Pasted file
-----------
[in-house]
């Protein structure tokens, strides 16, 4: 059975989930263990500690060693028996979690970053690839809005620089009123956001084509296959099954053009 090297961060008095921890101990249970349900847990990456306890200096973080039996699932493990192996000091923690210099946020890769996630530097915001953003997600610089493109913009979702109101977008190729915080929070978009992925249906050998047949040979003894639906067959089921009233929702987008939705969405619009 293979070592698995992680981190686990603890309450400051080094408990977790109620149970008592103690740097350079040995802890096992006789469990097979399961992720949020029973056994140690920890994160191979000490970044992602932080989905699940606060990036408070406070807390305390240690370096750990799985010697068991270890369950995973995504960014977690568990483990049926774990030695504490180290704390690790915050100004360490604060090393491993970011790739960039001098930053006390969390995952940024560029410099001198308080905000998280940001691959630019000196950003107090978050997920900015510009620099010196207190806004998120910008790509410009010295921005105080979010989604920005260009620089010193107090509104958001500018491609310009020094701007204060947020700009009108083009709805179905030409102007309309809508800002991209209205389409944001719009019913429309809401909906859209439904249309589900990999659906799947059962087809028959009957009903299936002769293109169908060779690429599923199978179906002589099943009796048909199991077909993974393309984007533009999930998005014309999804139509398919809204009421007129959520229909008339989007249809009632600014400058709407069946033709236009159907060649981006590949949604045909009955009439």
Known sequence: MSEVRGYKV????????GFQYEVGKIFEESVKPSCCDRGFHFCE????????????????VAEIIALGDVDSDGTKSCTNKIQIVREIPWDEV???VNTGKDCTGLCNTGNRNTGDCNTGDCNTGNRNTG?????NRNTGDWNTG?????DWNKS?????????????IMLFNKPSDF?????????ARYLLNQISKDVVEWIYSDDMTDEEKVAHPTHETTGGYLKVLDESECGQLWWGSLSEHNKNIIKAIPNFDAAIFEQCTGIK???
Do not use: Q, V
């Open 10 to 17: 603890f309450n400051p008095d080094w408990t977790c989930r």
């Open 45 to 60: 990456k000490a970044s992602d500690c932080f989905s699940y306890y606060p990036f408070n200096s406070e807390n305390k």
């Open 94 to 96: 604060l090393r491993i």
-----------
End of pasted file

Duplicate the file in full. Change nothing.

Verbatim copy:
[in-house]
């Protein structure tokens, strides 16, 4: 059975989930263990500690060693028996979690970053690839809005620089009123956001084509296959099954053009 090297961060008095921890101990249970349900847990990456306890200096973080039996699932493990192996000091923690210099946020890769996630530097915001953003997600610089493109913009979702109101977008190729915080929070978009992925249906050998047949040979003894639906067959089921009233929702987008939705969405619009 293979070592698995992680981190686990603890309450400051080094408990977790109620149970008592103690740097350079040995802890096992006789469990097979399961992720949020029973056994140690920890994160191979000490970044992602932080989905699940606060990036408070406070807390305390240690370096750990799985010697068991270890369950995973995504960014977690568990483990049926774990030695504490180290704390690790915050100004360490604060090393491993970011790739960039001098930053006390969390995952940024560029410099001198308080905000998280940001691959630019000196950003107090978050997920900015510009620099010196207190806004998120910008790509410009010295921005105080979010989604920005260009620089010193107090509104958001500018491609310009020094701007204060947020700009009108083009709805179905030409102007309309809508800002991209209205389409944001719009019913429309809401909906859209439904249309589900990999659906799947059962087809028959009957009903299936002769293109169908060779690429599923199978179906002589099943009796048909199991077909993974393309984007533009999930998005014309999804139509398919809204009421007129959520229909008339989007249809009632600014400058709407069946033709236009159907060649981006590949949604045909009955009439």
Known sequence: MSEVRGYKV????????GFQYEVGKIFEESVKPSCCDRGFHFCE????????????????VAEIIALGDVDSDGTKSCTNKIQIVREIPWDEV???VNTGKDCTGLCNTGNRNTGDCNTGDCNTGNRNTG?????NRNTGDWNTG?????DWNKS?????????????IMLFNKPSDF?????????ARYLLNQISKDVVEWIYSDDMTDEEKVAHPTHETTGGYLKVLDESECGQLWWGSLSEHNKNIIKAIPNFDAAIFEQCTGIK???
Do not use: Q, V
């Open 10 to 17: 603890f309450n400051p008095d080094w408990t977790c989930r």
């Open 45 to 60: 990456k000490a970044s992602d500690c932080f989905s699940y306890y606060p990036f408070n200096s406070e807390n305390k």
């Open 94 to 96: 604060l090393r491993i």